Peplum Dress, A Quick Guide on Peplum Dresses: The Vintage Charm, Outdressing

A Quick Guide on Peplum Dresses: The Vintage Charm

Peplum Dress, A Quick Guide on Peplum Dresses: The Vintage Charm, Outdressing

In an article by the Wall Street Journal in 2012, it straightforwardly described the horror of the peplum dress. According to Ray Smith, “It sounds like a very bad idea: Design clothes with an extra flap of fabric around the part of a woman’s body about which she is most sensitive.” Thinking about it on an entirely theoretical level, I must say that I heavily agree on that statement. After all, I have not been blessed by the gods of the hourglass figure which fits perfectly for this style. 

But according to many designers and even models, this hip accentuating silhouette is nothing to be afraid of even for ladies who do not have the curves. With the right fit, a peplum dress can actually be very flattering to any body shape. 

Basically, a peplum is described as a piece of fabric gathered together which flares up and then creates a ruffle or fluted hem. It has garnered immense popularity with its waist flounce giving off a vintage charm especially on modern day dresses. 

While loose waists and more relaxed silhouettes are now more common and popular among a wider audience with its capability to support any body shape, nipped-in silhouettes like peplum dresses are timeless pieces that as Taylor Swift said will “never go out of style.” 

Peplum Dress, A Quick Guide on Peplum Dresses: The Vintage Charm, Outdressing
From left to right: The “peplos” – Greek tunic with a draped over fabric cinched at the waist; Renaissance Era peplum dress; The “overskirt” invented during the Victorian Era; Christian Dior’s “New Look Collection”; The 1940s peplum style with less structure; The 1980s peplum dress

Peplum dresses go way back to the Classical period (500 B.C.) of Ancient Greece. Grecians wore peplos, a long tube of fabric which is draped and tied at the waist to create a fold of fabric sitting on the top half of the body which is then cinched again creating the peplum shape. Incidentally, this is also the origin word of peplum. Greek women are very fond of this style as it was an “easy way to add a little bit of stylistic flare to their tunics, giving their outfits both shape and volume.”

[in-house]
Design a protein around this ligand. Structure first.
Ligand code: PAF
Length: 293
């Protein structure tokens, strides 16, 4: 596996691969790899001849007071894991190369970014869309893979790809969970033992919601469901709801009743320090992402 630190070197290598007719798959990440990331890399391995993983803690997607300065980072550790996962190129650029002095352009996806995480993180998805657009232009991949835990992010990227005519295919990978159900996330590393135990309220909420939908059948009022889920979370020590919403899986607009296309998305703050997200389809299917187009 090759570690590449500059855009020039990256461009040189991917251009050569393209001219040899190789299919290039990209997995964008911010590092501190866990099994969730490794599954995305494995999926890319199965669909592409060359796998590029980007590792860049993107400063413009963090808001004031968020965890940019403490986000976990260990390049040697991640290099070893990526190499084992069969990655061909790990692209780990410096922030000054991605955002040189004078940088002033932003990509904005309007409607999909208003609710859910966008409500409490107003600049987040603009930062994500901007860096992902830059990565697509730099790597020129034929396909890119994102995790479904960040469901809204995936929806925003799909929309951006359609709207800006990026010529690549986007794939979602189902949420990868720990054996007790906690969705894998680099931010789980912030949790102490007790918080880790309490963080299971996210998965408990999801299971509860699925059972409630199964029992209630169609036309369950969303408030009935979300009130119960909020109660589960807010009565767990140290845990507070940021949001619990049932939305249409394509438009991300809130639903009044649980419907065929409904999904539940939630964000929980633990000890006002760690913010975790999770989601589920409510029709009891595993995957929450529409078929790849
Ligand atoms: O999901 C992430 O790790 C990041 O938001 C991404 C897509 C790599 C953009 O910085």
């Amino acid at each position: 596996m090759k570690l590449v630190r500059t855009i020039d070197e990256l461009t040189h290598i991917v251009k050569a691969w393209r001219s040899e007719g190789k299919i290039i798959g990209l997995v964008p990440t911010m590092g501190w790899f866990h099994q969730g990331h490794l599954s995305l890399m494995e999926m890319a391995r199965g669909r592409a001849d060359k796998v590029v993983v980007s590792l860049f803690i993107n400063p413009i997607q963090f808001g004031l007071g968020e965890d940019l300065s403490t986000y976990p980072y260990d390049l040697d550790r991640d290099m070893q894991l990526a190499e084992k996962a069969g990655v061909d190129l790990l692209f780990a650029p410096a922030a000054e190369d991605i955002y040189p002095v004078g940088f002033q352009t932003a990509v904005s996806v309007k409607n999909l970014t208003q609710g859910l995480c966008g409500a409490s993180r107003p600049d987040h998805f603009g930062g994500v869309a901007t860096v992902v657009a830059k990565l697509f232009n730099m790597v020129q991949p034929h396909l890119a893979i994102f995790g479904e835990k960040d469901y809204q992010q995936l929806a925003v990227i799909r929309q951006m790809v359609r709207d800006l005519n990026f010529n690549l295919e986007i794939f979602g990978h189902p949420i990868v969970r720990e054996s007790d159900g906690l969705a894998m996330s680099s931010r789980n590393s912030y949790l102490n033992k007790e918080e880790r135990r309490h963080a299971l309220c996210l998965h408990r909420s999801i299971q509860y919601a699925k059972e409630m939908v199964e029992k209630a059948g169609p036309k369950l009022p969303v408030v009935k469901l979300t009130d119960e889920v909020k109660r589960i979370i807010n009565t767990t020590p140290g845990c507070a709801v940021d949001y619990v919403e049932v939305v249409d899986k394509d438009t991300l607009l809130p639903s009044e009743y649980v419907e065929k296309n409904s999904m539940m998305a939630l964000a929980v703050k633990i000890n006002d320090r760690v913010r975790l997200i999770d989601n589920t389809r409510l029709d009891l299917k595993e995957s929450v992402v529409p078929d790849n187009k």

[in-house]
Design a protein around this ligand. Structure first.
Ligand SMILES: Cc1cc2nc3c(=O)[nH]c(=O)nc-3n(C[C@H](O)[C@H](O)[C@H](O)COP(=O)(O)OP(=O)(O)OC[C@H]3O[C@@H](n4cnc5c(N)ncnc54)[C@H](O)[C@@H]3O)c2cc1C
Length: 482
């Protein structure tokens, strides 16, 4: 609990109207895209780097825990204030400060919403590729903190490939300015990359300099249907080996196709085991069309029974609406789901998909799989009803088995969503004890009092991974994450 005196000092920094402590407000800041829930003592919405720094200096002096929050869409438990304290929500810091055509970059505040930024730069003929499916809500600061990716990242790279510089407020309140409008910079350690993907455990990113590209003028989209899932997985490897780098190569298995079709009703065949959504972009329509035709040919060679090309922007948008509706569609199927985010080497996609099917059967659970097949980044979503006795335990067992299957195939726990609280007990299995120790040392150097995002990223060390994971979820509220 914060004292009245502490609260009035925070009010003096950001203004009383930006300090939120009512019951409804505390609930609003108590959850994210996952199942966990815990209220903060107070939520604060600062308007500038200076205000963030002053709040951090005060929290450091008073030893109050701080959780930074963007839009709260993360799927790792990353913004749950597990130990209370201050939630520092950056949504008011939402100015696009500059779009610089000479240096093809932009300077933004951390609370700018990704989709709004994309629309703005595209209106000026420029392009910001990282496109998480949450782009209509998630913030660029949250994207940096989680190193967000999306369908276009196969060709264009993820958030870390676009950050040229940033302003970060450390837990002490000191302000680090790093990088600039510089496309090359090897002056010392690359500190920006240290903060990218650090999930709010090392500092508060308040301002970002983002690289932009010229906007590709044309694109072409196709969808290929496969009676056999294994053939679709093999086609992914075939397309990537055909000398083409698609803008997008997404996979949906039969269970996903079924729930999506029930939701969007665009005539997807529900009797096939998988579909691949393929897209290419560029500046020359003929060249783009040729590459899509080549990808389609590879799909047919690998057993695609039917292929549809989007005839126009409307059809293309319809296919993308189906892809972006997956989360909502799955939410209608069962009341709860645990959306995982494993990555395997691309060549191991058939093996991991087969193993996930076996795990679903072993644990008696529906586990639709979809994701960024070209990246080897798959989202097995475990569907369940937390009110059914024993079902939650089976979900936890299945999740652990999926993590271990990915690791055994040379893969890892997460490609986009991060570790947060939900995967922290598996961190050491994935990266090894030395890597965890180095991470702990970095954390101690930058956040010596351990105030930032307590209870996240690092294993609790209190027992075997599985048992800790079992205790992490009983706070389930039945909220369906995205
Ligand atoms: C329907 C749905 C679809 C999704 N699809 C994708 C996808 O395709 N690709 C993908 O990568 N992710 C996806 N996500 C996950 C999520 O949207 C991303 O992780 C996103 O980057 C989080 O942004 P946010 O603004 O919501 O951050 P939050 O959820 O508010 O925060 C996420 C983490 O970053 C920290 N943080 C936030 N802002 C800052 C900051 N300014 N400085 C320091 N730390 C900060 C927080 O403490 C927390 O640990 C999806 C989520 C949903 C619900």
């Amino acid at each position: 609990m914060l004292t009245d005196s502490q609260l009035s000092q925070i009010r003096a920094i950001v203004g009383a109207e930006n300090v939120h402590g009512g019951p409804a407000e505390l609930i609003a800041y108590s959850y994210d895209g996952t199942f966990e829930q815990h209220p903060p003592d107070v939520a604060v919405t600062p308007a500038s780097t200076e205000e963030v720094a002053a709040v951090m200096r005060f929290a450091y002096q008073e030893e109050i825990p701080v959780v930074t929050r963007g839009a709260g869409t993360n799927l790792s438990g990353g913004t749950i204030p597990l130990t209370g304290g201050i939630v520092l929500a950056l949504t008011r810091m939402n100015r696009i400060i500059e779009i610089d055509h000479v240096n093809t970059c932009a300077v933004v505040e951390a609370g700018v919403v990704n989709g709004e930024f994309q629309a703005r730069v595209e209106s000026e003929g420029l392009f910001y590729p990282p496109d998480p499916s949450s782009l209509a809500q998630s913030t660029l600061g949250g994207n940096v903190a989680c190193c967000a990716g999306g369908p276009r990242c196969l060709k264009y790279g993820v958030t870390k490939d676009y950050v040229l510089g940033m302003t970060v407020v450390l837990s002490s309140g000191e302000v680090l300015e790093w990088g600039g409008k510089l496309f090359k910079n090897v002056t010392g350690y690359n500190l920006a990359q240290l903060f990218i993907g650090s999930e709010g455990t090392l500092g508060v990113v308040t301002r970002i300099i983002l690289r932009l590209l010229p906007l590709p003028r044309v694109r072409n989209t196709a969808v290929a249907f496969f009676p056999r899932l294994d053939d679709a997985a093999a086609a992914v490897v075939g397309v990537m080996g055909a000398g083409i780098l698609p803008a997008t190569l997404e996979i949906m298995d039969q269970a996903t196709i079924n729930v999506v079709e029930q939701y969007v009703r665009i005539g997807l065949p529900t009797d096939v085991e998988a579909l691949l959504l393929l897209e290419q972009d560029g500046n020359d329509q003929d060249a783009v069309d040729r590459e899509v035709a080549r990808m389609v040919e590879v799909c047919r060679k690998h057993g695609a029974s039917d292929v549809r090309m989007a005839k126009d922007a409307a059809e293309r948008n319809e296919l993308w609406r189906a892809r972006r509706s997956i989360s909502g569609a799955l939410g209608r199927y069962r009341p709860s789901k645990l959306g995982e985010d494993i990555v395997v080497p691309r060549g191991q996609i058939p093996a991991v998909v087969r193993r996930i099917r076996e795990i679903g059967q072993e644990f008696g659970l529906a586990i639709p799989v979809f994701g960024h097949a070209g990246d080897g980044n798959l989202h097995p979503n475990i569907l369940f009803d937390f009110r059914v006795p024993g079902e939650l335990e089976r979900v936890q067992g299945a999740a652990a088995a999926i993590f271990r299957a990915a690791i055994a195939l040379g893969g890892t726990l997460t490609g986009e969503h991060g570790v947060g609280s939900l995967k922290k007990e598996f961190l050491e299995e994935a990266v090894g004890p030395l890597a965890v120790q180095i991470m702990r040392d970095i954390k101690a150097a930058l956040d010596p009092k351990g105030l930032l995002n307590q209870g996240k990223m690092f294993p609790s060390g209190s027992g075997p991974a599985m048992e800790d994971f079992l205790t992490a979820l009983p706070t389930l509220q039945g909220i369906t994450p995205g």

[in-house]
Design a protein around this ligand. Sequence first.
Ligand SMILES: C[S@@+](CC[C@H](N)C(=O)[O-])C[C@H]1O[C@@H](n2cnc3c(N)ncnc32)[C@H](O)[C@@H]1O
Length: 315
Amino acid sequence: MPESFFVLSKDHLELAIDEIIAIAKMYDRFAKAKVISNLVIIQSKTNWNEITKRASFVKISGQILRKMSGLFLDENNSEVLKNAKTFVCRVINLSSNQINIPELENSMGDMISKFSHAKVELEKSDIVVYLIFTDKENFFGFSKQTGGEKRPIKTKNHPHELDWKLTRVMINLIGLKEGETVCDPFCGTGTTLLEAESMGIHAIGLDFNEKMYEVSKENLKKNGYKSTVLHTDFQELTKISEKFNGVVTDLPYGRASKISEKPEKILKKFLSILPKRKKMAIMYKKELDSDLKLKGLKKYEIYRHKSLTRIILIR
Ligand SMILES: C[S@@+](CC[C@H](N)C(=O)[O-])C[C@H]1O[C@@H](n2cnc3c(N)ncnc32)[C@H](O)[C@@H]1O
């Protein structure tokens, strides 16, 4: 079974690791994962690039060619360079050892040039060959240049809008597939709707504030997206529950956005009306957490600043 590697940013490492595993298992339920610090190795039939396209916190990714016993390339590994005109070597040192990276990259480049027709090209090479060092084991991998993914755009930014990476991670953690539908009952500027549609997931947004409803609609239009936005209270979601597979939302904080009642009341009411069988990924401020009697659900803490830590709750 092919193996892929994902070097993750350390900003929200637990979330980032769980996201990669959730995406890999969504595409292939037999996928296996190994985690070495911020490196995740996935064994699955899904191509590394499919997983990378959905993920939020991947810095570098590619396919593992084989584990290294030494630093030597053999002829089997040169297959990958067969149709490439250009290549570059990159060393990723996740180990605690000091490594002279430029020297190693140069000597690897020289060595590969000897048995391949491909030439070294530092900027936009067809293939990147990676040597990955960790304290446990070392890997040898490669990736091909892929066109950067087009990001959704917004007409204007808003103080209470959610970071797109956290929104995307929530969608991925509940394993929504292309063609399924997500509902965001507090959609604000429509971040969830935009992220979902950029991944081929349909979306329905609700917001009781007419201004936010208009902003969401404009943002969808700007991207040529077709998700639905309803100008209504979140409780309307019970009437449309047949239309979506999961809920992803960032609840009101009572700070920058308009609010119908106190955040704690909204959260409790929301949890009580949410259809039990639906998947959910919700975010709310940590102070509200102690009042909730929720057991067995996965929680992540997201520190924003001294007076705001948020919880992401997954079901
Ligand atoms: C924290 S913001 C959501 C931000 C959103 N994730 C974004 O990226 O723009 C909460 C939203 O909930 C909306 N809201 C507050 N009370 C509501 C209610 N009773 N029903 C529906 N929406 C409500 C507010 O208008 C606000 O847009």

The Renaissance period from 14th century to 17th century which marked the rediscovery of classical philosophy, literature, and art briefly shifted the design of the peplum dress to a more structured version with a flare outward over the hips instead of draping across the body and are worn by men and women alike. 

The peplum went back in fashion during the reign of Queen Victoria (1837-1901) but as women became more mobile, the long skirt became a cumbersome and embarrassing issue which led to a more streamlined style and by 1866, the overskirt was invented as a solution. The overskirt is a shorter piece of fabric which allows mobility without the need to be held up while still concealing the hips and the thighs. 

It became more popular by the 1940s with its chic yet modest style. It entered high fashion in the midst of Christian Dior’s “New Look” collection which revolutionized the fashion industry though had received a fair share of backlash with the restrictive nature of its dresses in conflict with the freer wardrobe silhouettes that had been advocated post-war. Nonetheless, the peplum retained its popularity among women and is notably less structured than its predecessors. The peplum cut was often used in dresses, blouses, and jackets paired with a pleating feature to give a feminine touch by creating a volume around the waist and accentuating the hips.